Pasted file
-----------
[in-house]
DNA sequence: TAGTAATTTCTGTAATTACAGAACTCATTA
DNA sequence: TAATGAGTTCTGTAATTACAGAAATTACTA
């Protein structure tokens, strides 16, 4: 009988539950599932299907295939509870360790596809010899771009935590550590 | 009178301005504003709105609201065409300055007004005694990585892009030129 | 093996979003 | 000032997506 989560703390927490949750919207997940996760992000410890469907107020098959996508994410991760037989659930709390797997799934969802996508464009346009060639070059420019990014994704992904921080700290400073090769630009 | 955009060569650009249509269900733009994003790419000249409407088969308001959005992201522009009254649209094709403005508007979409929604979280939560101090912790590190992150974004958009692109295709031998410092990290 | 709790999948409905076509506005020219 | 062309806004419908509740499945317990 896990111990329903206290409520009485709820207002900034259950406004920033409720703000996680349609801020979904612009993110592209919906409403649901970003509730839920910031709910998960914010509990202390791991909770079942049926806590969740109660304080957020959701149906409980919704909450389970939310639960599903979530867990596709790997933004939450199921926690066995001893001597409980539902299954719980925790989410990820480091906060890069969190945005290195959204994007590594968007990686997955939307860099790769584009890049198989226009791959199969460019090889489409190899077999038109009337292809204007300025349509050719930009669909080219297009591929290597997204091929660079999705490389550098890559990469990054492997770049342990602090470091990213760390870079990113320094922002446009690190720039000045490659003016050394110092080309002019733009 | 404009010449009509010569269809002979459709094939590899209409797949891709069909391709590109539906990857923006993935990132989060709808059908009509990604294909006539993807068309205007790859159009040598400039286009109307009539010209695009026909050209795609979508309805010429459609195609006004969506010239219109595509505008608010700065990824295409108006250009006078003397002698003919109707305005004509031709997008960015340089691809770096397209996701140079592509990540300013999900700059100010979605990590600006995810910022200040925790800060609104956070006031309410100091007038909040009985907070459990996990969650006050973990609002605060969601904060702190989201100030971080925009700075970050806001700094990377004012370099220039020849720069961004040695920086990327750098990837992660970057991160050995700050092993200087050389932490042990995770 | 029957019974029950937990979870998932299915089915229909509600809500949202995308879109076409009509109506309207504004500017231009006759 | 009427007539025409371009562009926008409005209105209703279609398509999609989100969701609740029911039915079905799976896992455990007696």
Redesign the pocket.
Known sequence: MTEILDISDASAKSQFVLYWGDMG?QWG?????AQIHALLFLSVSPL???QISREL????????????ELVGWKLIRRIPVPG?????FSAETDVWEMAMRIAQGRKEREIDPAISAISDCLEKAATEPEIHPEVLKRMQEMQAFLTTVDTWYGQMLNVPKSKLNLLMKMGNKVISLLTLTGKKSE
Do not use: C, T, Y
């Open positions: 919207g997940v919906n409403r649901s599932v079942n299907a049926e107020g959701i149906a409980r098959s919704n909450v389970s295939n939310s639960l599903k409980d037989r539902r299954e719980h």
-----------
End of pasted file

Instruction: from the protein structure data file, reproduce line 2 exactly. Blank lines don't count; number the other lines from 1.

DNA sequence: TAGTAATTTCTGTAATTACAGAACTCATTA